The embodiments disclosed herein provide a tool enabled to both remove and insert a wire assembly in a dicorotron unit. This tool, when devoid of a wire assembly is adapted to remove a faulty used wire assembly from a dicorotron unit in a removal step. The tool, (a second identical tool) when armed with a new wire assembly, is adapted to insert and deposit the new wire assembly in the dicorotron unit housing in a deposit step. This tool comprises structures to both remove and insert a wire assembly from and into a dicorotron unit. The tool has substantially the same outer configuration of the dicorotron unit except the tool has dimensions that will permit the dicorotron unit to fit and nest therein. In an embodiment the tool has removal levers located at each end of the tool. These removal levers have projections adapted to dislodge a used wire assembly from a dicorotron unit. The tool has slots therein that will align both with apertures in the dicorotron unit and with projections located in the levers of the tool. The tool is enabled after the deposit step and emptied of the wire assembly to provide a tool to remove a wire assembly in a removal step involving a second dicorotron unit with a faulty wire assembly. The tool of this embodiment is enabled to both remove and deposit a wire electrode assembly in a dicorotron unit. The tool has a configuration enabled to mate with a dicorotron unit. Also, the tool being slightly larger than the dicorotron unit is adapted to receive the dicorotron unit in a manner whereby the dicorotron unit can nest therein. The tool, when devoid of a wire assembly, is adapted to remove a faulty used wire assembly from a dicorotron unit in a removal step. The tool, when loaded or armed with a new wire assembly, is adapted to deposit the new wire assembly in a heretofore empty dicorotron unit in a deposit step. The wire assembly comprises a wire electrode strung between two insulating anchors. The anchors are held in place by grippers, the tool comprises flexible lever structures used to dislodge the anchors from the housing or dicorotron unit in the removal step. The tool has substantially the same outer configuration of the dicorotron unit except the tool has larger dimensions enabled to permit the dicorotron unit to fit and nest therein.
The lever structures are located at opposite ends of the tool and the lever structures have projections which are adapted to dislodge the anchors and the wire electrode from the dicorotron unit.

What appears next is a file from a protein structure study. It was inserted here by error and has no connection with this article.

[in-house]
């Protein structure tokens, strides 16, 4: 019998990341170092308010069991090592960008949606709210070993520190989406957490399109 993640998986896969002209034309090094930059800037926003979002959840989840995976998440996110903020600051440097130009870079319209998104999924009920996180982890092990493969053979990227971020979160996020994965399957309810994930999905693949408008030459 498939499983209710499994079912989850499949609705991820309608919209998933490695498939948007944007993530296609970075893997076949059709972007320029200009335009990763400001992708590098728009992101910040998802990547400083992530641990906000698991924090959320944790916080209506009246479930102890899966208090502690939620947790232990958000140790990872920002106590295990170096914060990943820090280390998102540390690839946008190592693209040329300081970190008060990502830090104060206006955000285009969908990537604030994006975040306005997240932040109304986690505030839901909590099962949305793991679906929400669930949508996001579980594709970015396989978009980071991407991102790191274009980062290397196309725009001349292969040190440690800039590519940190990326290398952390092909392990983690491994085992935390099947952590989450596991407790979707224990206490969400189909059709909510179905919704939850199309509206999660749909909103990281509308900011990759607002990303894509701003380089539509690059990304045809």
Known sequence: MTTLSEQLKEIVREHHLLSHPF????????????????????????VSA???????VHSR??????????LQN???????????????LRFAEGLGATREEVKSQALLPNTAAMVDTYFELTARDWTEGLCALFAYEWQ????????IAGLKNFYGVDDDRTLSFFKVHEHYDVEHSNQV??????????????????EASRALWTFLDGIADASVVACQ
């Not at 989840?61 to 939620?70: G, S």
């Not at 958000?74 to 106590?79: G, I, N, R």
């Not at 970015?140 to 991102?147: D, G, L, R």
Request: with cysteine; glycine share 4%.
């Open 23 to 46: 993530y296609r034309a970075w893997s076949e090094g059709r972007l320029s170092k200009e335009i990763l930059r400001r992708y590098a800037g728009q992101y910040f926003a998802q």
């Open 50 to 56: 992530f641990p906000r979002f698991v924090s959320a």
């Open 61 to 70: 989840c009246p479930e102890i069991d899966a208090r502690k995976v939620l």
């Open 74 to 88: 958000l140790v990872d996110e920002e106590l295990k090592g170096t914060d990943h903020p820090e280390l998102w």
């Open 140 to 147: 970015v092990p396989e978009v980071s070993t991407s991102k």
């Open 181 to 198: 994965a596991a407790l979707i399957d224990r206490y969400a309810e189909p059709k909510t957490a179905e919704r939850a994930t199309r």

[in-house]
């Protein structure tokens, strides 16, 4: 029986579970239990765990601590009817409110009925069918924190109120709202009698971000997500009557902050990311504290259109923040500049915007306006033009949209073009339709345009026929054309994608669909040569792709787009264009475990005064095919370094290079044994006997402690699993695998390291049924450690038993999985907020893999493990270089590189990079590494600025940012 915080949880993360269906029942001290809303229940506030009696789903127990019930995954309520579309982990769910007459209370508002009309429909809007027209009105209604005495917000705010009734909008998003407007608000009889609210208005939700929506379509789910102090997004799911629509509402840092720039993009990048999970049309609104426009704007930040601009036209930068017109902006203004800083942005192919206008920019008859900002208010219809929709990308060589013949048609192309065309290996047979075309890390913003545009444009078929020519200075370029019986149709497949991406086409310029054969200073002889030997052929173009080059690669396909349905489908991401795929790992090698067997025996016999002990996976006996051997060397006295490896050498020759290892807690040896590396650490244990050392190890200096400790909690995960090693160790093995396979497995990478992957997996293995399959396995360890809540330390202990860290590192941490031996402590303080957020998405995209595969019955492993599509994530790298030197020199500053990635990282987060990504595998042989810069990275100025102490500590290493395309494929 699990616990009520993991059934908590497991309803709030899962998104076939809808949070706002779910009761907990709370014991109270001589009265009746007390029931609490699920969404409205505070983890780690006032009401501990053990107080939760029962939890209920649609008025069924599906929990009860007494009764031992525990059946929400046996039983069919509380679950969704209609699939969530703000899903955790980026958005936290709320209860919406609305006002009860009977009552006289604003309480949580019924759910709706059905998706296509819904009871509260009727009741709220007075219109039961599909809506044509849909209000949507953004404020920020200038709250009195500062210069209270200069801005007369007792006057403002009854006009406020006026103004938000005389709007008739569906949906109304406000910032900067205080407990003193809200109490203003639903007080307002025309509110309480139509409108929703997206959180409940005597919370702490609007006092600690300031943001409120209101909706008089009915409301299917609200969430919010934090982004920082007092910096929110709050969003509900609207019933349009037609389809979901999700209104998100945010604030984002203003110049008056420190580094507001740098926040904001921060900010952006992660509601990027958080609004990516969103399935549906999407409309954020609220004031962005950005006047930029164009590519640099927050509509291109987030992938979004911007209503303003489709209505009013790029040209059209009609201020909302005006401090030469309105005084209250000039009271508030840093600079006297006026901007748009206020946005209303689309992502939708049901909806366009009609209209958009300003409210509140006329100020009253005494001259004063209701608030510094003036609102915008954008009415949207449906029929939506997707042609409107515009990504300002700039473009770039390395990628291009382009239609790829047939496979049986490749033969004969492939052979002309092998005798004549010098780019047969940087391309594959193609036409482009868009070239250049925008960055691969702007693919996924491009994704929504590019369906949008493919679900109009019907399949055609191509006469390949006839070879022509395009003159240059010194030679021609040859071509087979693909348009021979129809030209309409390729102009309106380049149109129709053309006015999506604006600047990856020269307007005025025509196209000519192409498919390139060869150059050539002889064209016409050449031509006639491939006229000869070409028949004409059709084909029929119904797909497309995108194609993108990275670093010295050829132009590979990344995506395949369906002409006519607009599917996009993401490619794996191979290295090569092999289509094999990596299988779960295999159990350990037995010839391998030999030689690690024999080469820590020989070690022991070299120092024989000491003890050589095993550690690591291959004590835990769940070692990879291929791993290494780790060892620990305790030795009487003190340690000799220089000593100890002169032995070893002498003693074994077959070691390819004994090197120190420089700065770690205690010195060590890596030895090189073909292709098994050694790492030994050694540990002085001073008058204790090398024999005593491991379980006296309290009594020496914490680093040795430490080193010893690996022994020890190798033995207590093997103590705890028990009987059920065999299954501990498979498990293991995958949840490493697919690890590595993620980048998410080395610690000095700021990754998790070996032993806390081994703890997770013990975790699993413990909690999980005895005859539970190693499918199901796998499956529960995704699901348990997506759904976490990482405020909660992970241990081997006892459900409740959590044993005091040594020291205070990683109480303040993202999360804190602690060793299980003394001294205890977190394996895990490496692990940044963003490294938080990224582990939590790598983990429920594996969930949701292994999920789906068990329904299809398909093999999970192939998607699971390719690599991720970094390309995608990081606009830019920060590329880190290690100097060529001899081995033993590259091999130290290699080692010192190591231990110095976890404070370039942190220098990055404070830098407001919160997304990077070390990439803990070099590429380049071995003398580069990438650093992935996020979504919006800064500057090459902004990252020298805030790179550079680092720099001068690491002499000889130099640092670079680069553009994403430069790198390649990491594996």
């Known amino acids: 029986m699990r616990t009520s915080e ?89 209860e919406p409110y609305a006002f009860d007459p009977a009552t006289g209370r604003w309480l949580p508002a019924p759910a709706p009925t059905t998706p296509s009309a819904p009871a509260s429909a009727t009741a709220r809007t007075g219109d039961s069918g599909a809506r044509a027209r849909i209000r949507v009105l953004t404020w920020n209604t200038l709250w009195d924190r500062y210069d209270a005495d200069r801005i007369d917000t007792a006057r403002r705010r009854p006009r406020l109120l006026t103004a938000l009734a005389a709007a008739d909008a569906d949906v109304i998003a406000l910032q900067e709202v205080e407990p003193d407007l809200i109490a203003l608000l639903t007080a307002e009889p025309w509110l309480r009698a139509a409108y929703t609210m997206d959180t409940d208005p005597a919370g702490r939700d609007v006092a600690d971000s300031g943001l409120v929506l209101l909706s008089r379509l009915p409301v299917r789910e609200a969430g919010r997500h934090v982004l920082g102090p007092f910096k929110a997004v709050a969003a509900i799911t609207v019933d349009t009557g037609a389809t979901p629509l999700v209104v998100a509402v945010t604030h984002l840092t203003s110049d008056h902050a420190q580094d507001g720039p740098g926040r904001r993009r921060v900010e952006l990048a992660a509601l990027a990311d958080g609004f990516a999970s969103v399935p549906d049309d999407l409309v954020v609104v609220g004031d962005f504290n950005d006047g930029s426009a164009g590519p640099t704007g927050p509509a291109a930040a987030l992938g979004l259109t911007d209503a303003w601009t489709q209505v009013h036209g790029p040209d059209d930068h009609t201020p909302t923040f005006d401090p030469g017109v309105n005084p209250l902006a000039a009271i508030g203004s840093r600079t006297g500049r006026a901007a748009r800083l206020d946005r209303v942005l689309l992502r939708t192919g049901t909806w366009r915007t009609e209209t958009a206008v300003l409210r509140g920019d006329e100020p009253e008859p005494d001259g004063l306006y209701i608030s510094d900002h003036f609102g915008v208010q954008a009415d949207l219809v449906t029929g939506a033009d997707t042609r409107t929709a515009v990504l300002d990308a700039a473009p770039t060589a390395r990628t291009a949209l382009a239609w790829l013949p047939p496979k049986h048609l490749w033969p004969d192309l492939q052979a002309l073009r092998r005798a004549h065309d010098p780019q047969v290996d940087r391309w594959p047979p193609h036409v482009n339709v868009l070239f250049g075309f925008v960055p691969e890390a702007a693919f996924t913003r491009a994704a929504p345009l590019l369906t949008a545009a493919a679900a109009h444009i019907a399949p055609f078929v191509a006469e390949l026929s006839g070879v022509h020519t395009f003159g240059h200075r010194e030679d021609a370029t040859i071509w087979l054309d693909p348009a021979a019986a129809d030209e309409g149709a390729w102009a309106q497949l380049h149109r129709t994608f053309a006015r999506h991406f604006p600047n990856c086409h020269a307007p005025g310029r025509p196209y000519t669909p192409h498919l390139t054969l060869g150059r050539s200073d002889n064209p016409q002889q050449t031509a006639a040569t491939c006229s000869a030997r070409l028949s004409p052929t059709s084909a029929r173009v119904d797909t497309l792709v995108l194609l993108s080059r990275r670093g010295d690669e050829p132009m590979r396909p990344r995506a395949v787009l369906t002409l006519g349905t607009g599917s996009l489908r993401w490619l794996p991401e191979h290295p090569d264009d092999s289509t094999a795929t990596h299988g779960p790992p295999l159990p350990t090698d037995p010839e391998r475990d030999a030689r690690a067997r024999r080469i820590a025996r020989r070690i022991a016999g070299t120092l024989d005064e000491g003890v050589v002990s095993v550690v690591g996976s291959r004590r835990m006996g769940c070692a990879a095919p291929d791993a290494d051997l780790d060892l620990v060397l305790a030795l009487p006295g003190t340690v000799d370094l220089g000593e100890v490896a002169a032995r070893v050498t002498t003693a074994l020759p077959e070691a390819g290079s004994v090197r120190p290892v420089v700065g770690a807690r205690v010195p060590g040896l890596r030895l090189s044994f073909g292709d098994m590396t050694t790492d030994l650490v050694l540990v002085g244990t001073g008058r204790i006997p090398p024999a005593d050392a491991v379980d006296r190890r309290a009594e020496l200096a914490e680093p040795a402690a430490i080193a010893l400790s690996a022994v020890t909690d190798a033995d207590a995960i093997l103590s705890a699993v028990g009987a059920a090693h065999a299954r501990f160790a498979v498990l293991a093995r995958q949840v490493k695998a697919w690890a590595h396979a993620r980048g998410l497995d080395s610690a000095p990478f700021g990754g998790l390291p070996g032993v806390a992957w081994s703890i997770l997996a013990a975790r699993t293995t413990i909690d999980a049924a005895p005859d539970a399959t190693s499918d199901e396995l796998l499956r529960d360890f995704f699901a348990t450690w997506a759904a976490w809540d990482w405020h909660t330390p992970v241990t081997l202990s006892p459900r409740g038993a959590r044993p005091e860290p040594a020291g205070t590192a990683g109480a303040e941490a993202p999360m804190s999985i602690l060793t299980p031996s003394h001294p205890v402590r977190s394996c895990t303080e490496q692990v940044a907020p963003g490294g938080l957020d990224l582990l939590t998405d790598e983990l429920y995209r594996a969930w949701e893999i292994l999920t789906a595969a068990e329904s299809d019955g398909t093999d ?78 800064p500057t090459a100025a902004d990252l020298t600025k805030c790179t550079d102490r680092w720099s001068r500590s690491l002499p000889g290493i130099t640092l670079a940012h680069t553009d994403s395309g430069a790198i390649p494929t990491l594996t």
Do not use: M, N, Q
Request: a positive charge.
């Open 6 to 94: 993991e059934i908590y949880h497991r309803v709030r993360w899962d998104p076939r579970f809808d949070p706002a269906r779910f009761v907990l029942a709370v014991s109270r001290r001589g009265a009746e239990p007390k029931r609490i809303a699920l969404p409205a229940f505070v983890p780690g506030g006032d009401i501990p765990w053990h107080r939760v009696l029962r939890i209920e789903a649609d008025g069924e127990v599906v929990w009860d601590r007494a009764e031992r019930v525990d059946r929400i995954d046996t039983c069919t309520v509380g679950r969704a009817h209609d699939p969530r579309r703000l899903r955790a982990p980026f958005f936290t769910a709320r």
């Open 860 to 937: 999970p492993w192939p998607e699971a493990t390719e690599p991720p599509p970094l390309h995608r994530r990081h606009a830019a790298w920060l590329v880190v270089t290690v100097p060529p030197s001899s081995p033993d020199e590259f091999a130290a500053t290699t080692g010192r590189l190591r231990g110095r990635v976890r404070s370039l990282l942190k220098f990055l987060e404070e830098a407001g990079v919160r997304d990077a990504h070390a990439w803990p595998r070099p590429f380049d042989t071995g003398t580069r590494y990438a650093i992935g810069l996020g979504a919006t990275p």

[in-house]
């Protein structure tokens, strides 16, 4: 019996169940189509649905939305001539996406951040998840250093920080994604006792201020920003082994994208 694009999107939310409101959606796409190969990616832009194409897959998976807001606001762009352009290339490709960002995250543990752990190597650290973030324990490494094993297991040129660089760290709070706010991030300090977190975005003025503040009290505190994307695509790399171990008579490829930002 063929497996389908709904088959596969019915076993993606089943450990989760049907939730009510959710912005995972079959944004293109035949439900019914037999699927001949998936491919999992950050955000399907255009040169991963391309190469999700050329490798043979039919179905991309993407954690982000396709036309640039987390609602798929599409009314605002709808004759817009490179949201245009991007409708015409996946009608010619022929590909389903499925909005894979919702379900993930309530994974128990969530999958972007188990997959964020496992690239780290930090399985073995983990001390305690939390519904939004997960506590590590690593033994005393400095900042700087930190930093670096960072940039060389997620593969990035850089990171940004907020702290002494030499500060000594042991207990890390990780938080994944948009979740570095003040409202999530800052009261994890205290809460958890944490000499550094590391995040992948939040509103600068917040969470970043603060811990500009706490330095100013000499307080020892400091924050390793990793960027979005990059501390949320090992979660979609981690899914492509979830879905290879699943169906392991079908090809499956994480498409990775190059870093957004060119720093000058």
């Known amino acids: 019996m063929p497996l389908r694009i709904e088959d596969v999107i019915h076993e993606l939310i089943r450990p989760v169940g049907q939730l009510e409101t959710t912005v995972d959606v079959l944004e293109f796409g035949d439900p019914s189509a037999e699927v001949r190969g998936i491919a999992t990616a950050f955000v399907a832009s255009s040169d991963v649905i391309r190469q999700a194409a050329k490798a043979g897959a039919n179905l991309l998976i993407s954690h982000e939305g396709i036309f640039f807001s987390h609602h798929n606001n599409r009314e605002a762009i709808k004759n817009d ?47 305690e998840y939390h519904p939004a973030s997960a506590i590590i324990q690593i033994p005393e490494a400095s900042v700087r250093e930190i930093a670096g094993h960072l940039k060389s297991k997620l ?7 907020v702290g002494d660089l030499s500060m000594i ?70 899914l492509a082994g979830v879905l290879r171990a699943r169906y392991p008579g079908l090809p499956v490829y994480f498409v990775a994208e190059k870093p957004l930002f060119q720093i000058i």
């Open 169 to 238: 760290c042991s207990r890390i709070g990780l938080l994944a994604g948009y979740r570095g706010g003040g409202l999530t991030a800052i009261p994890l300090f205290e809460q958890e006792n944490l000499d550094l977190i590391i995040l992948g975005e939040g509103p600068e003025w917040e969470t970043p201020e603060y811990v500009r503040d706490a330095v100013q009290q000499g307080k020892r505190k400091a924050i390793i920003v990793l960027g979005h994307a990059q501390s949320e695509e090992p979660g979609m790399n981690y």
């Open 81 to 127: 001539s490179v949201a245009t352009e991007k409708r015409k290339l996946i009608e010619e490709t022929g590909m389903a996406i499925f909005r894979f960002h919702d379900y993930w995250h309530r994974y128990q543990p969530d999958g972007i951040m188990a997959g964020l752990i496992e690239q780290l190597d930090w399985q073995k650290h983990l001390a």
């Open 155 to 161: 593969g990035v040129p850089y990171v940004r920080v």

The tool has slots at its opposite ends. These slots are in alignment with both apertures in the dicorotron unit and with projections in the lever structures. In this embodiment, the tool is enabled after the deposit step and emptied of the wire assembly to provide a tool to remove a wire assembly in a removal step involving a second dicorotron unit containing a faulty wire assembly.
In summary, in an embodiment, the tool is enabled to both remove and insert or deposit a wire electrode assembly in a dicorotron unit. The tool has a substantially elongated configuration and is enabled to mate with and receive a dicorotron unit. Also, the tool is adapted to permit the dicorotron unit to nest therein. The tool when devoid of a wire assembly is adapted to remove a faulty used wire assembly from a dicorotron unit in a removal step. The tool when loaded with a new wire assembly is adapted to insert or deposit the new wire assembly in a previously empty dicorotron unit in a deposit step. The wire assembly throughout this disclosure comprises a wire electrode strung between two insulating anchors. The anchors are movably held in position by pliable grippers. This tool comprises flexible levers at both of its end portions. The flexible levers have inwardly pointed projections. These projections are adapted to dislodge the anchors from the housing in the removal step. The levers are located on a front side portion of the tool and are flexibly attached thereto. The tool is enabled after the deposit or insertion step and emptied of the wire assembly to provide a tool to remove a wire assembly in a removal step involving a second dicorotron unit with a faulty wire assembly.
BRIEF DESCRIPTION OF THE DRAWINGS